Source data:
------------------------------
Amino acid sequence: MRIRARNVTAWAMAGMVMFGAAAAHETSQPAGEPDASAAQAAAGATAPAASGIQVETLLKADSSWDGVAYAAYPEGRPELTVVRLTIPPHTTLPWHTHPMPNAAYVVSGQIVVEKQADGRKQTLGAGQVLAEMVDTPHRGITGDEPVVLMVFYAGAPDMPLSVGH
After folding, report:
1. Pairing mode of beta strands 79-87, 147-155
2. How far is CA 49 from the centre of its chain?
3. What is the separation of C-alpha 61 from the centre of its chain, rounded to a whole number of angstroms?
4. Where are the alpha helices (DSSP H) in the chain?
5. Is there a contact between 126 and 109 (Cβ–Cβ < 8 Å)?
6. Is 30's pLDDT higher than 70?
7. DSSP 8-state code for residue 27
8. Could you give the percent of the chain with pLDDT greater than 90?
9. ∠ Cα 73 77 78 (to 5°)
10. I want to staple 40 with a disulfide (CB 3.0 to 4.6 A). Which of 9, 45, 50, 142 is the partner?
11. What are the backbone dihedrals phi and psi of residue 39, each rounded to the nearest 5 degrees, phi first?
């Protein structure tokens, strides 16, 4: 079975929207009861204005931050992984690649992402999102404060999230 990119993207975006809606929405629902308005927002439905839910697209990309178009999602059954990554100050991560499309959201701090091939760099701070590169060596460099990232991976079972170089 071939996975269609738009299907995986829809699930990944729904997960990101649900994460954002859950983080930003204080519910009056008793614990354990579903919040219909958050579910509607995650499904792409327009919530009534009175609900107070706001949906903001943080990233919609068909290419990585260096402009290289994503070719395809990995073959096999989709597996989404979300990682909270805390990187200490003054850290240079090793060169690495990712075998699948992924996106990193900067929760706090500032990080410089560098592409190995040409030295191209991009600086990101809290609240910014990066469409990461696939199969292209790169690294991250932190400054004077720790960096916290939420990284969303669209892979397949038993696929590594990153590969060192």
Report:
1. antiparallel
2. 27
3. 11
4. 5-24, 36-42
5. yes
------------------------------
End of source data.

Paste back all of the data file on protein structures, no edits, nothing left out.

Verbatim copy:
Amino acid sequence: MRIRARNVTAWAMAGMVMFGAAAAHETSQPAGEPDASAAQAAAGATAPAASGIQVETLLKADSSWDGVAYAAYPEGRPELTVVRLTIPPHTTLPWHTHPMPNAAYVVSGQIVVEKQADGRKQTLGAGQVLAEMVDTPHRGITGDEPVVLMVFYAGAPDMPLSVGH
After folding, report:
1. Pairing mode of beta strands 79-87, 147-155
2. How far is CA 49 from the centre of its chain?
3. What is the separation of C-alpha 61 from the centre of its chain, rounded to a whole number of angstroms?
4. Where are the alpha helices (DSSP H) in the chain?
5. Is there a contact between 126 and 109 (Cβ–Cβ < 8 Å)?
6. Is 30's pLDDT higher than 70?
7. DSSP 8-state code for residue 27
8. Could you give the percent of the chain with pLDDT greater than 90?
9. ∠ Cα 73 77 78 (to 5°)
10. I want to staple 40 with a disulfide (CB 3.0 to 4.6 A). Which of 9, 45, 50, 142 is the partner?
11. What are the backbone dihedrals phi and psi of residue 39, each rounded to the nearest 5 degrees, phi first?
């Protein structure tokens, strides 16, 4: 079975929207009861204005931050992984690649992402999102404060999230 990119993207975006809606929405629902308005927002439905839910697209990309178009999602059954990554100050991560499309959201701090091939760099701070590169060596460099990232991976079972170089 071939996975269609738009299907995986829809699930990944729904997960990101649900994460954002859950983080930003204080519910009056008793614990354990579903919040219909958050579910509607995650499904792409327009919530009534009175609900107070706001949906903001943080990233919609068909290419990585260096402009290289994503070719395809990995073959096999989709597996989404979300990682909270805390990187200490003054850290240079090793060169690495990712075998699948992924996106990193900067929760706090500032990080410089560098592409190995040409030295191209991009600086990101809290609240910014990066469409990461696939199969292209790169690294991250932190400054004077720790960096916290939420990284969303669209892979397949038993696929590594990153590969060192």
Report:
1. antiparallel
2. 27
3. 11
4. 5-24, 36-42
5. yes